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RECOVERY WATCHWORD FOR YAMAHA

Like everybody else, Yamaha’s full-year results were a tale of two halves. Covid kicked in to slash sales in the first six months everywhere except China. And then worldwide in-depth recovery was only restrained by inventory shortages in the second half. BDN financial editor Roger Willis reports.

Annual revenue for the dominant Yamaha Land Mobility division fell by 15.5% to £6.536bn. Within that, turnover from motorcycles was 17.4% down to £5.687bn. Recreational vehicles (ORVs, ATVs, etc) were 1.1% up to £551m. Smart power (e-bicycles) dropped by 2% to £298m. However, combined Land Mobility operating profit sank by 55.7% to just £128m.

Global motorcycle sales volume declined by 24.8% to 3.802 million machines. Emerging markets took the worst hit. Sales in Asia retreated by 27.8% to 3.077 million. Latin America and others were 12% down to 403,000. Individual countries varied widely. Indonesian volume plummeted by 51%. The Philippines lost 34% and India was 19% in arrears. But the Chinese added 16% and Brazil equalled its previous year’s tally. Their overall revenue contribution was 22% lower at £4.172m.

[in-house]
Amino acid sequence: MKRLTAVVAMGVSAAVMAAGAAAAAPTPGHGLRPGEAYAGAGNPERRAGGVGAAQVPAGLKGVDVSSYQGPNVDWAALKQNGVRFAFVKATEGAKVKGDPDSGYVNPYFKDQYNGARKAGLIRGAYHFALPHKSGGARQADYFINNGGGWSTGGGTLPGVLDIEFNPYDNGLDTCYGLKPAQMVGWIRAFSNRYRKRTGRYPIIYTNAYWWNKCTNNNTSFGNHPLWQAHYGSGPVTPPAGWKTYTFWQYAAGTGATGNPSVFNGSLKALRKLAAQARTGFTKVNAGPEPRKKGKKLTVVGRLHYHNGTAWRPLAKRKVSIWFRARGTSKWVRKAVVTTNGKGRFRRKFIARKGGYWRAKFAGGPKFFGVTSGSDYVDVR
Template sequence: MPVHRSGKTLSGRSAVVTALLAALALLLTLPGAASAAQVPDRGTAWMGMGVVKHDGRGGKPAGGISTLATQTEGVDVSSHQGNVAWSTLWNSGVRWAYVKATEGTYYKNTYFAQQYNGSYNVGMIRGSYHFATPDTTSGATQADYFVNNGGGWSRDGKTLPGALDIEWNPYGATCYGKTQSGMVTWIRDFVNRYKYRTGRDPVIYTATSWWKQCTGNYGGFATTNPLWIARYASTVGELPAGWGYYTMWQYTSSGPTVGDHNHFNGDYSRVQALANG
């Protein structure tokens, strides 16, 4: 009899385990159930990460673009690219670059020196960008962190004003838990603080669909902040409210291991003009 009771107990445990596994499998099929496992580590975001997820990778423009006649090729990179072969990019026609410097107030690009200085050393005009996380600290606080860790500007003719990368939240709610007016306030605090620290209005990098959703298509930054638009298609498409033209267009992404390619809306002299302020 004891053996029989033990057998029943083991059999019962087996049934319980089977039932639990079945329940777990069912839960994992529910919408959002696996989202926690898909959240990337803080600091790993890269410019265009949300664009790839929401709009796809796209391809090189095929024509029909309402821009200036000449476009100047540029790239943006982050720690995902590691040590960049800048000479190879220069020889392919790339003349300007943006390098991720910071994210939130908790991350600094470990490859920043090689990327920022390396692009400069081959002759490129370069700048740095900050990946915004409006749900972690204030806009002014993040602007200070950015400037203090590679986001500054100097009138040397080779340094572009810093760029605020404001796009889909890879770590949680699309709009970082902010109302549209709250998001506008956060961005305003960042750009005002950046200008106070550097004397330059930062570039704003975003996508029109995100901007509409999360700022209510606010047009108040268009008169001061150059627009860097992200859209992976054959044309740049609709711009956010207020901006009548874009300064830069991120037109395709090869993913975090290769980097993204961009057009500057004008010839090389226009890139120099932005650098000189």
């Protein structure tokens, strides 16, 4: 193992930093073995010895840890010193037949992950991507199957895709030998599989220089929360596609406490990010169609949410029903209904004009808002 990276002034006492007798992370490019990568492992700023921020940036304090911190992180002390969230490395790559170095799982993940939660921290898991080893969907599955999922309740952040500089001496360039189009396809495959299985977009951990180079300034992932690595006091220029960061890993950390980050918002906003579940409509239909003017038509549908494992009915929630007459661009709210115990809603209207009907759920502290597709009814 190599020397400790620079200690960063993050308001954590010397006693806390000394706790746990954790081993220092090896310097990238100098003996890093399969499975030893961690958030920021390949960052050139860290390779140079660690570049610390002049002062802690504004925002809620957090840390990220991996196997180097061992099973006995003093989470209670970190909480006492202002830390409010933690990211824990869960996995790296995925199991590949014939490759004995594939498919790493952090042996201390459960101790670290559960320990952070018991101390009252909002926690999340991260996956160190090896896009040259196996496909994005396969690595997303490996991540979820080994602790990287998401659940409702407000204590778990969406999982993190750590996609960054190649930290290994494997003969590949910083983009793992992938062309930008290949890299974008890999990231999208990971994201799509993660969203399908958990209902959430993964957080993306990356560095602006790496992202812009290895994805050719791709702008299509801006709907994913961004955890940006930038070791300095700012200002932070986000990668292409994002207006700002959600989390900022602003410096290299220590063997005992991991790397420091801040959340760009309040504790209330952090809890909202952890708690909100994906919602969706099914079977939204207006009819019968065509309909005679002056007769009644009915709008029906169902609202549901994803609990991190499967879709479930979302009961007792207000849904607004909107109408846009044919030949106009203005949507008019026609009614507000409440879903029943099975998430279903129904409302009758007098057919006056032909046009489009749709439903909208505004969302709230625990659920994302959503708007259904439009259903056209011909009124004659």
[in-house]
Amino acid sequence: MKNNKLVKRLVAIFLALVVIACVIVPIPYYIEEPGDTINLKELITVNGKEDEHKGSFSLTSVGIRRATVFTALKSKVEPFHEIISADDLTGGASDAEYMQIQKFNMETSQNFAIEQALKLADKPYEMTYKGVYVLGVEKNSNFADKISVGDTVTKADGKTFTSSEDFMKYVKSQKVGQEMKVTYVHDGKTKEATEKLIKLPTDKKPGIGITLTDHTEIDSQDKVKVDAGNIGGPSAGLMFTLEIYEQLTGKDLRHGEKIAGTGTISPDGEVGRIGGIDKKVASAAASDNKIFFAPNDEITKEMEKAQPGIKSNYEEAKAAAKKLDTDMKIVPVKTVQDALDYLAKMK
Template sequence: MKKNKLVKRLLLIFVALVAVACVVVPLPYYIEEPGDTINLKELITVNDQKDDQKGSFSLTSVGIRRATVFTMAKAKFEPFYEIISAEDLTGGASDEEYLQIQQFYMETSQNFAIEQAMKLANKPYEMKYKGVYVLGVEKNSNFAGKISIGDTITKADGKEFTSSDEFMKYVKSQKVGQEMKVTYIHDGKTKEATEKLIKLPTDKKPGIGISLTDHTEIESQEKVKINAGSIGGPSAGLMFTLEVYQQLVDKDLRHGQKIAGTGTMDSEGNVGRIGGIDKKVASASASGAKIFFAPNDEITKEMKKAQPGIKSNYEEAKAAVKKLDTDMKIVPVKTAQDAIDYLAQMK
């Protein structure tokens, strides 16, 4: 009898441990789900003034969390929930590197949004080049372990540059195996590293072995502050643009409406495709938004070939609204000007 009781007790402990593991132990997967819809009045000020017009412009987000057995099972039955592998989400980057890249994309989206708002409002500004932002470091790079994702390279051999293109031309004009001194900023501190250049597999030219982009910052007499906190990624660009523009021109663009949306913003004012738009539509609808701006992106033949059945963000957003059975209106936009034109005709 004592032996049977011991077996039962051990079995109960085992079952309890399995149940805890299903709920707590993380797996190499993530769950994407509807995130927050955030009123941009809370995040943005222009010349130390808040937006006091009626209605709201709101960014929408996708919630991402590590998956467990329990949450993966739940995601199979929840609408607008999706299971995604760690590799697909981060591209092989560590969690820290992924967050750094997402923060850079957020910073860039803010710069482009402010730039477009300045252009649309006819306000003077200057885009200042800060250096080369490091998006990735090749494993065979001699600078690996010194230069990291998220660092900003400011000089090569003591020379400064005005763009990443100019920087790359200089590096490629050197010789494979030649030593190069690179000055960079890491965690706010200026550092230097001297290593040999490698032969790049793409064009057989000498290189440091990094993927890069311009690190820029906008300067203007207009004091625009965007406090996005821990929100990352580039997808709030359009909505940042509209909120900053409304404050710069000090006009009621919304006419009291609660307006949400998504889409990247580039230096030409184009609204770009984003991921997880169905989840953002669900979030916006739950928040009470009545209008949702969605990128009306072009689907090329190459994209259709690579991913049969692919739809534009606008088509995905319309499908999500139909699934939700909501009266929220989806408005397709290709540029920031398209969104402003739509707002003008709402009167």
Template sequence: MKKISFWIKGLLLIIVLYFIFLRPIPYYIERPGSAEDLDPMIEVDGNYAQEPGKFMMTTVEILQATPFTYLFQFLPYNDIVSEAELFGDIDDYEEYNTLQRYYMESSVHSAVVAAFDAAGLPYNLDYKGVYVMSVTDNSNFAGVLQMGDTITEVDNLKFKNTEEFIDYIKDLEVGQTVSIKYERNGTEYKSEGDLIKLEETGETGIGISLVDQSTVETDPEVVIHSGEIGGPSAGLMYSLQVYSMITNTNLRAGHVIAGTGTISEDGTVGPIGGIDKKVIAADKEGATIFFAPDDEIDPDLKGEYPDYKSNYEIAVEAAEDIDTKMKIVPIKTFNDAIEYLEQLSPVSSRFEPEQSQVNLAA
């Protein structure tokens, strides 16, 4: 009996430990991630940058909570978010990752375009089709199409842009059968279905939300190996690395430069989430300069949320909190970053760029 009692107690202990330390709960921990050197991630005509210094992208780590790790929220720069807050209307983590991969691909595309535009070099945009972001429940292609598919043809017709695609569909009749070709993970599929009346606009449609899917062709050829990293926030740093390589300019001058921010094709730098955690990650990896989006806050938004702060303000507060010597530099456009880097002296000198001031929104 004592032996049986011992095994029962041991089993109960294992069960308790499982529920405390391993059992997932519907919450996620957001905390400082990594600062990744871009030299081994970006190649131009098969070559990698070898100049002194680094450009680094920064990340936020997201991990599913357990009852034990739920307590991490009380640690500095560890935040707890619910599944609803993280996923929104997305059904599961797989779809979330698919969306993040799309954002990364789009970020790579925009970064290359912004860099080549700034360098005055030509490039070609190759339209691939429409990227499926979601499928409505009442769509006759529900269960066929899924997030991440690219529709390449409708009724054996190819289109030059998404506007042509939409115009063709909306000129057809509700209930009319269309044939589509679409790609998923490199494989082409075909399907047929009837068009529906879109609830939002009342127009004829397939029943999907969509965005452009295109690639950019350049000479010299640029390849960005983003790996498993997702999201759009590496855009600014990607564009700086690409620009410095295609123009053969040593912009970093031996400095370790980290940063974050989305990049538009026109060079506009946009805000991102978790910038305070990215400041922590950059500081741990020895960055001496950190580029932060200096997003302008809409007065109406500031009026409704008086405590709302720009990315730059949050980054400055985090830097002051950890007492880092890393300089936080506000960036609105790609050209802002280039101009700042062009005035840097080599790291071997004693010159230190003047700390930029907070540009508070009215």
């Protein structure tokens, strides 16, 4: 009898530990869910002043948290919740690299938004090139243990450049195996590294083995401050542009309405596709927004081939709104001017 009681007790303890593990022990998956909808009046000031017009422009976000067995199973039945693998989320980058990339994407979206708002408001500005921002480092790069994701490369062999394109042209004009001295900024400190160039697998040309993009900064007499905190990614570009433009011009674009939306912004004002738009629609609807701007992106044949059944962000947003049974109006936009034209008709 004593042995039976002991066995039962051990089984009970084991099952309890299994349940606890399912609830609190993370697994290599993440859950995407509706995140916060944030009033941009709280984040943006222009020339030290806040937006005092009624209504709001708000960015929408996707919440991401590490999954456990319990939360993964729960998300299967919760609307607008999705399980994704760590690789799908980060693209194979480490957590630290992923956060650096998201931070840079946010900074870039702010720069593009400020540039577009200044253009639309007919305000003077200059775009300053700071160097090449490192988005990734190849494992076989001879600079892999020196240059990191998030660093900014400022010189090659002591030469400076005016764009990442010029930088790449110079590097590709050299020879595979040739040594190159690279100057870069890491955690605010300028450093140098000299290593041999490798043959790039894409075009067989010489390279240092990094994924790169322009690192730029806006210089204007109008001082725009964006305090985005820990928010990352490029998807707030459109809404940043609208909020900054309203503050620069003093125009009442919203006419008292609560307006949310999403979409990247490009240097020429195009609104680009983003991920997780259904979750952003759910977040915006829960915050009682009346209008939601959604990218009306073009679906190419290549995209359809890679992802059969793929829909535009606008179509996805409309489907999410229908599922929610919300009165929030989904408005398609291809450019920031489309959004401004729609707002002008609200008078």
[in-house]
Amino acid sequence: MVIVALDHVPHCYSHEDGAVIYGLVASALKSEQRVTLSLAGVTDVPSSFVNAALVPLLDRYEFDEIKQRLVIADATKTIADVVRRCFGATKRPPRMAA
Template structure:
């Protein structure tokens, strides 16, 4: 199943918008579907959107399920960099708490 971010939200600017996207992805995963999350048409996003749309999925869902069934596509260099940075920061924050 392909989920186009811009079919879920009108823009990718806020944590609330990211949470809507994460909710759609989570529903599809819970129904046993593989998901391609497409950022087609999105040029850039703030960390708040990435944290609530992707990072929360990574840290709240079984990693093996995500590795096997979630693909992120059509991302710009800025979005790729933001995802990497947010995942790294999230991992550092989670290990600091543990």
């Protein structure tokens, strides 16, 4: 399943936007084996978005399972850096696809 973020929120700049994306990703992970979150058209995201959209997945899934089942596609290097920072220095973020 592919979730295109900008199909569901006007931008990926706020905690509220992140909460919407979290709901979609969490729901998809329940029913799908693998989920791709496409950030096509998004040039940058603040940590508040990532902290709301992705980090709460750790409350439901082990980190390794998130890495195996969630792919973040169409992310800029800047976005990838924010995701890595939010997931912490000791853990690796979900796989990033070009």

Developed markets performed better. Volume in Europe was reduced by 3.2% to 180,000, with associated revenue just 1% down to £908m. North American bike numbers fell by 11.1% to 56,000 and turnover slipped by 7.1% to £271m. Yahama’s domestic Japanese sales were 2.3% down to 86,000 and revenue retreated by only 1.3% to £260m.

The results statement noted that production didn’t keep up with rapidly recovering overall demand in the developed world. Temporary operational suspensions at Yamaha’s main Iwata plant in Japan and its factory in France, owing to anti-Covid measures, were held responsible. And the clear intimation was sales progress would have been much greater if sufficient inventory had been available.

On the back of that, 2021 forecasts are upbeat. Yamaha estimates that Asian countries will recover by about 900,000 bikes this year and Europe should be around 12% up to more than 200,000. Worldwide motorcycle revenue is expected to rise by 17% to in the region of £6.7bn, slightly higher than in 2019. Improving profitability is also apparently being addressed.

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